"Everything's electronic!" "We'll be reading on screens!" "It's the death of the book!!!!"
Yes, the publishing industry has seen a shift in the past thirty years -- first to audiobooks and then (finally) to ebooks -- but the act of reading objects made of bound paper is still going strong. Still, the percentages are shifting, and with the advent of the Kindle and Playaways, it's easier than ever to consume books through digital formats. As we watch newspapers slide closer to a solely-online experience, are we finally crossing the tipping point to the final decline of the printed page? And what place have libraries in this new world?
Cresting the wave of interest in reading online, if we're clever. For an absolutely fantastic example of what can be, check out the New York Public Library's Digital Collections. From a single landing page, NYPL patrons can access library-provided content using every single tool we've covered in this class. However the public wants to 'read,' NYPL can provide something to interest them.
But back to the current Thing. Two projects are underway to create electronic versions of items in the public domain: Project Gutenberg focuses on print manuscripts, while LibriVox tackles audiobooks. Both are free, open-access resources meant to bring even non-commercial publications into the digital age.
There are also low- or reasonable-cost sources of e-content available. The
World Public Library has an astonishingly diverse collection of more than 500,000 PDF ebooks and 23,000 audiobooks in its collections. NetLibrary (a division of OCLC) and Overdrive are electronic content services for libraries; a library subscribes to the service and their patrons gain access to thousands of titles. You can see NetLibrary on the NYPL page above, and the Boston Public Library showcases Overdrive.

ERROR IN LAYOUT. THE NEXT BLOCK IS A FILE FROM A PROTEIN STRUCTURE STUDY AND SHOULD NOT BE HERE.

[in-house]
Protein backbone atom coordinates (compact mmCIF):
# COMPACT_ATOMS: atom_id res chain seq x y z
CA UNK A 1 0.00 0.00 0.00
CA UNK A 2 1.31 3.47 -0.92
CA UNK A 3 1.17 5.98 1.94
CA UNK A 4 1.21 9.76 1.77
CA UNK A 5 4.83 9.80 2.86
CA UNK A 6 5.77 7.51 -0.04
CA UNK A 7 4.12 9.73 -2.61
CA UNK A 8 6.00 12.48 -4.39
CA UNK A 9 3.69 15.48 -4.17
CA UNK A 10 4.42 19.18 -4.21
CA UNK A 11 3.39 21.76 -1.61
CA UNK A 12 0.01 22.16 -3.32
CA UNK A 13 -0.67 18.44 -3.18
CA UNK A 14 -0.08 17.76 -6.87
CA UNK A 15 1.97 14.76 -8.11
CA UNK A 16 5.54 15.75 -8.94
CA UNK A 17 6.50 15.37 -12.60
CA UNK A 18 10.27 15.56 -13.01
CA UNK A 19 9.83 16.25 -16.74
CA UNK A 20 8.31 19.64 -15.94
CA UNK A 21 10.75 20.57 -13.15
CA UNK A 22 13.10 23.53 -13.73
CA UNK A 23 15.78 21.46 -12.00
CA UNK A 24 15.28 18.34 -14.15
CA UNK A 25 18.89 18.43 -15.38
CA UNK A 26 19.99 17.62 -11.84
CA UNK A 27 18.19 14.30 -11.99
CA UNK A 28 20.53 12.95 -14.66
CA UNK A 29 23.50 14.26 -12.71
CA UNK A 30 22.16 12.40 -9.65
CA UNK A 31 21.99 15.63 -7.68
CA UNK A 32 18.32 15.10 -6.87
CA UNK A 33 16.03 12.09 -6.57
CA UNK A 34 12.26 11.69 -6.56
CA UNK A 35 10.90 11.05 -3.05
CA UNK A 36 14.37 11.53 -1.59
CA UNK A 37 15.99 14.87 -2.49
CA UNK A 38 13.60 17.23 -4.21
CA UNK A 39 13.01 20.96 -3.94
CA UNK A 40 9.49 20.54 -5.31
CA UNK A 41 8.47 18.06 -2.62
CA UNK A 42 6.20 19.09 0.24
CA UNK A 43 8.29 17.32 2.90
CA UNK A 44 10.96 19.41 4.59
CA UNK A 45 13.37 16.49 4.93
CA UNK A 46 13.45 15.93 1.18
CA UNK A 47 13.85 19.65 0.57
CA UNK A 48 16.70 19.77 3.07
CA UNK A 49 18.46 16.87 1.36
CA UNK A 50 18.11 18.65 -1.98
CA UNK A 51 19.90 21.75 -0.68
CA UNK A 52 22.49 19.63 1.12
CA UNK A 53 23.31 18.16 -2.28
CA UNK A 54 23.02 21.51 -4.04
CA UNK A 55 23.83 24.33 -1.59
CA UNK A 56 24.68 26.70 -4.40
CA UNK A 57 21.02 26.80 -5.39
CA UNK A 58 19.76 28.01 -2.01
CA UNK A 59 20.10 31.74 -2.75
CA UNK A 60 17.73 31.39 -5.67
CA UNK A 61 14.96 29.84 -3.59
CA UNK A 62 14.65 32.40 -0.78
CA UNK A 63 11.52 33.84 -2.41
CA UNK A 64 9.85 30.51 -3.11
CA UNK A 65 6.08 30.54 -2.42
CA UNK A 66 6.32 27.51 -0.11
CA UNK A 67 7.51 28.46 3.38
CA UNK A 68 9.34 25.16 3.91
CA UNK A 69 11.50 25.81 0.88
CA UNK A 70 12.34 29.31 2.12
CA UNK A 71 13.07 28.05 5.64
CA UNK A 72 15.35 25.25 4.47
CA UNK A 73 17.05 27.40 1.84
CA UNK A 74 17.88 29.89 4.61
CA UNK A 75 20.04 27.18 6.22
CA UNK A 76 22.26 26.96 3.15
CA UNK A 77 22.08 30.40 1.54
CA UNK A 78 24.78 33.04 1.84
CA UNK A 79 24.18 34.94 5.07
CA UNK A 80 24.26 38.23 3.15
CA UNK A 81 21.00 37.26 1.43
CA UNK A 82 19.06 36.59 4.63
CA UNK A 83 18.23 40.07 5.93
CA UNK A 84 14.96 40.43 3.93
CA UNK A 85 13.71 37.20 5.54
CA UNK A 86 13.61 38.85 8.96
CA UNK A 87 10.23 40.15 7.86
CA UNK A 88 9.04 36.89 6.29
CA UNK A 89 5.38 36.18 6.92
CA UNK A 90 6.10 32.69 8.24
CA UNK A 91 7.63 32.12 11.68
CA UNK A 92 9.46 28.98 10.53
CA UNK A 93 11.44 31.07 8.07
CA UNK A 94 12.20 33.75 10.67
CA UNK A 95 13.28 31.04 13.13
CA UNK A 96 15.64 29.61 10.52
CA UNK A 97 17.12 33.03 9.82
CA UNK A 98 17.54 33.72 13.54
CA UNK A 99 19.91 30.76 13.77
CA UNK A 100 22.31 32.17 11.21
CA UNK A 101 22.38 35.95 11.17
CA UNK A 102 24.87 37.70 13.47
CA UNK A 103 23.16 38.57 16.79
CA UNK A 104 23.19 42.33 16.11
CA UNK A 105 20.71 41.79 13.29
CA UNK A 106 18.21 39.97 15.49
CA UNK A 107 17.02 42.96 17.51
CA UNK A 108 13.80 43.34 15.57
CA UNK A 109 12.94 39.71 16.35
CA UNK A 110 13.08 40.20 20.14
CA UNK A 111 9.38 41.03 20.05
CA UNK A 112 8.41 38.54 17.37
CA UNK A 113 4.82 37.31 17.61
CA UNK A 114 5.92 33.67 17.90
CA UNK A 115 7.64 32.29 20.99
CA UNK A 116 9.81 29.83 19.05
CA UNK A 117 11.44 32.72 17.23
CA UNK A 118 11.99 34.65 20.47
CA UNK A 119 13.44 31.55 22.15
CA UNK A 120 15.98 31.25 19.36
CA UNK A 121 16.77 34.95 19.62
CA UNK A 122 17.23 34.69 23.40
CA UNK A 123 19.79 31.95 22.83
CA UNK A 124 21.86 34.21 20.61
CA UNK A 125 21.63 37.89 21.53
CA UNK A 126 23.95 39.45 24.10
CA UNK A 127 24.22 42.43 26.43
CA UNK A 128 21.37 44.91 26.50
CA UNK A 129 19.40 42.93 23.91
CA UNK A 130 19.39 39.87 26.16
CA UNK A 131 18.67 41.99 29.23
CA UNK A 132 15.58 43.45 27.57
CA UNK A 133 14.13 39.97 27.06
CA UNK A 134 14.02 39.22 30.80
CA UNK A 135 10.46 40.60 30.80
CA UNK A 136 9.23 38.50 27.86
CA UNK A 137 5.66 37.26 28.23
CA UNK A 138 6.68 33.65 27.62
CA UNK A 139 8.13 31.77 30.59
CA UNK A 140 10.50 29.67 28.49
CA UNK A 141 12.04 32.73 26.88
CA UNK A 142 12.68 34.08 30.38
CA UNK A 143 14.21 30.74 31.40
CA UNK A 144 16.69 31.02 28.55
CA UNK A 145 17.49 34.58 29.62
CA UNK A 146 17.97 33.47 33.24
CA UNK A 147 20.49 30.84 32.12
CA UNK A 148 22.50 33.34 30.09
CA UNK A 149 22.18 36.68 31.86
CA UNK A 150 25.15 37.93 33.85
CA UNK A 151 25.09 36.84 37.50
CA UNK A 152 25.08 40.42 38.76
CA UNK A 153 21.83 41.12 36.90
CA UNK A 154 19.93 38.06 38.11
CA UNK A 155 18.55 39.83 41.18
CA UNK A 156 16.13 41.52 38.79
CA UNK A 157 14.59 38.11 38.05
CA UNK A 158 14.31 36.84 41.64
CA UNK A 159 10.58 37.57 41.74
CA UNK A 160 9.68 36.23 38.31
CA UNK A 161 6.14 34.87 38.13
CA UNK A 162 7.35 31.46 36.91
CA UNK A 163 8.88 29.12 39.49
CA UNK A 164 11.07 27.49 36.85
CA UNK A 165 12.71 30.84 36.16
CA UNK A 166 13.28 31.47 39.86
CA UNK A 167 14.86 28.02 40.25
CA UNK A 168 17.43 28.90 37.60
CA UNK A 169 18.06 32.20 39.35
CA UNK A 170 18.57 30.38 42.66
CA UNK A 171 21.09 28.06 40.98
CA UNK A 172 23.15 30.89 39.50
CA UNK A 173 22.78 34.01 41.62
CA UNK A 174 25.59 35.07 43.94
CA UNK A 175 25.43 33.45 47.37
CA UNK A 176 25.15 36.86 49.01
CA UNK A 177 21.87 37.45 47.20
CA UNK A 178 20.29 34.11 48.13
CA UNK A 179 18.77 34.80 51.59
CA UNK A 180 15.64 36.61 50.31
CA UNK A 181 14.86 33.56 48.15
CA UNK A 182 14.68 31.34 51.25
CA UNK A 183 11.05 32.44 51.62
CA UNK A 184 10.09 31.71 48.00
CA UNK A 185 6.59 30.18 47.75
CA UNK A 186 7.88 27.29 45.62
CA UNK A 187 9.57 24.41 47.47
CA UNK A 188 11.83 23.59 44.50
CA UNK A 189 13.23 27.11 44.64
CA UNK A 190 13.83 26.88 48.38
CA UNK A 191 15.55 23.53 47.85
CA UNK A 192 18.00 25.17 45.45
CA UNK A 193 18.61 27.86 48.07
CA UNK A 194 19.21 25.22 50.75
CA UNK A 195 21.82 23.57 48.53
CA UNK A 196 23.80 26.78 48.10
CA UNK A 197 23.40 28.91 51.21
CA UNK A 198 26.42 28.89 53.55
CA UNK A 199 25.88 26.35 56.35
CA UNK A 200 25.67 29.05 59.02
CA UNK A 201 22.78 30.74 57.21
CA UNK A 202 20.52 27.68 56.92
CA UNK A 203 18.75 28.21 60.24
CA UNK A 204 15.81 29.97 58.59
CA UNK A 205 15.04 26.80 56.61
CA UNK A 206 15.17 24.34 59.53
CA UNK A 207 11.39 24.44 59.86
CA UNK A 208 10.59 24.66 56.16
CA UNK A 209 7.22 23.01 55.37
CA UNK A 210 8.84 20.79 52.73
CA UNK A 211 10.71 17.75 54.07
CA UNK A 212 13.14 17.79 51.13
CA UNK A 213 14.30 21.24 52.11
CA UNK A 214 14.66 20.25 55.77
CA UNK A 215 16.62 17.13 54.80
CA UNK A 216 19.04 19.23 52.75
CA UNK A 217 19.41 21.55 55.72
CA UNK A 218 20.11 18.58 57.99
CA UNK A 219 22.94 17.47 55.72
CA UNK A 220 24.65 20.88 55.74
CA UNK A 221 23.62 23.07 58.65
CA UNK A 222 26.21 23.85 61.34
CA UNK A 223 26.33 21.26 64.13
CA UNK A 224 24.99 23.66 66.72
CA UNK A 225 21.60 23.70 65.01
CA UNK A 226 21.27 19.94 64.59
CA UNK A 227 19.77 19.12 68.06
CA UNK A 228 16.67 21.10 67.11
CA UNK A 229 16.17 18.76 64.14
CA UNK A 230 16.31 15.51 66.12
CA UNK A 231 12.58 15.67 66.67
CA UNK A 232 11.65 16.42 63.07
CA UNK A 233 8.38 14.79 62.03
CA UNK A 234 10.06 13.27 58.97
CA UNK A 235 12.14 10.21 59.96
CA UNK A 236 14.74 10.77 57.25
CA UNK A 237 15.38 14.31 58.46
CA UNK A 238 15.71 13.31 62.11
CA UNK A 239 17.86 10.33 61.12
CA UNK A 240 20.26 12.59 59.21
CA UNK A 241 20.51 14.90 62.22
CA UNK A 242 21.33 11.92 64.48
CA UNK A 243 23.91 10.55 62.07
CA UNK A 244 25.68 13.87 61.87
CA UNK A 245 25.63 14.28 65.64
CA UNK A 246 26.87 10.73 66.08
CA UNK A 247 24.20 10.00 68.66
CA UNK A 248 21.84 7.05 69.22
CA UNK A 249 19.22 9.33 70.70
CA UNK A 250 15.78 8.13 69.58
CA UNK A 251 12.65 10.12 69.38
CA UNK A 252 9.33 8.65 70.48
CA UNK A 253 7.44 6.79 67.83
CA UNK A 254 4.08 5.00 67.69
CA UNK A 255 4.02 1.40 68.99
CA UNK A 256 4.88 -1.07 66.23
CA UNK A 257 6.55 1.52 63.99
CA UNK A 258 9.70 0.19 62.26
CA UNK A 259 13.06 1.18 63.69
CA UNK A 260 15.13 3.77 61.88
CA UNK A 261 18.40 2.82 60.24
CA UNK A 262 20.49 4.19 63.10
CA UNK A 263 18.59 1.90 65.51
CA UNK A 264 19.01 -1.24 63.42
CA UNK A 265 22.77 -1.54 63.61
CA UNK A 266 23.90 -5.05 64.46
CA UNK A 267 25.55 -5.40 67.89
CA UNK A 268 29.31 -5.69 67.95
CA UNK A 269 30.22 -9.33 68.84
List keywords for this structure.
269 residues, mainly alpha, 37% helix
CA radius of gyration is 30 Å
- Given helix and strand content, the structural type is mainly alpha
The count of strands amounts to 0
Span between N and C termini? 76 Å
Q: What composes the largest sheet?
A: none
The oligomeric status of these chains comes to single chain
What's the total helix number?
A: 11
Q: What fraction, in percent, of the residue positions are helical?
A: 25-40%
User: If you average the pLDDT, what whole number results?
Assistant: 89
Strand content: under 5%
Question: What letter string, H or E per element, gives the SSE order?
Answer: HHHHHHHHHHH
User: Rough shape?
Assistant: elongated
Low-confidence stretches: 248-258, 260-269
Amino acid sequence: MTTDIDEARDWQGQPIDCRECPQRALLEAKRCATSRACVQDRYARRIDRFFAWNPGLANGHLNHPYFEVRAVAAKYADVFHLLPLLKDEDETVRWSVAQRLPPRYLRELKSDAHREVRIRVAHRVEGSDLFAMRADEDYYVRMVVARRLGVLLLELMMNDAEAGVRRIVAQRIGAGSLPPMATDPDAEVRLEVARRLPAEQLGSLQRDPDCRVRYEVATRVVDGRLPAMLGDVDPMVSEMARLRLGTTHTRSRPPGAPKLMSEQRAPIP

In the commercial market, check out Audible. They're currently running a promotion for Boston-area commuters -- sign up for a trial membership & get a free audiobook. If Audible doesn't grab you, take a look at EBooks About Everything.
All three of this week's Things will have the same Discovery Activity: choose one of the sources of content listed above, search for items of interest, and post a link and a review of something you find.
If you'd like to Go the Extra Mile for this Thing, please add a word or two on what your vision of what libraries might look like as reading moves increasingly online and in-ear. What will happen as we catch this wave and ride on into the future?
Next, we'll take a look at a single source of online content so vast it deserved its own Thing. Come join me deep in the archives for Thing 22: Quick, to the Wayback Machine!...and everything else at Archive.org.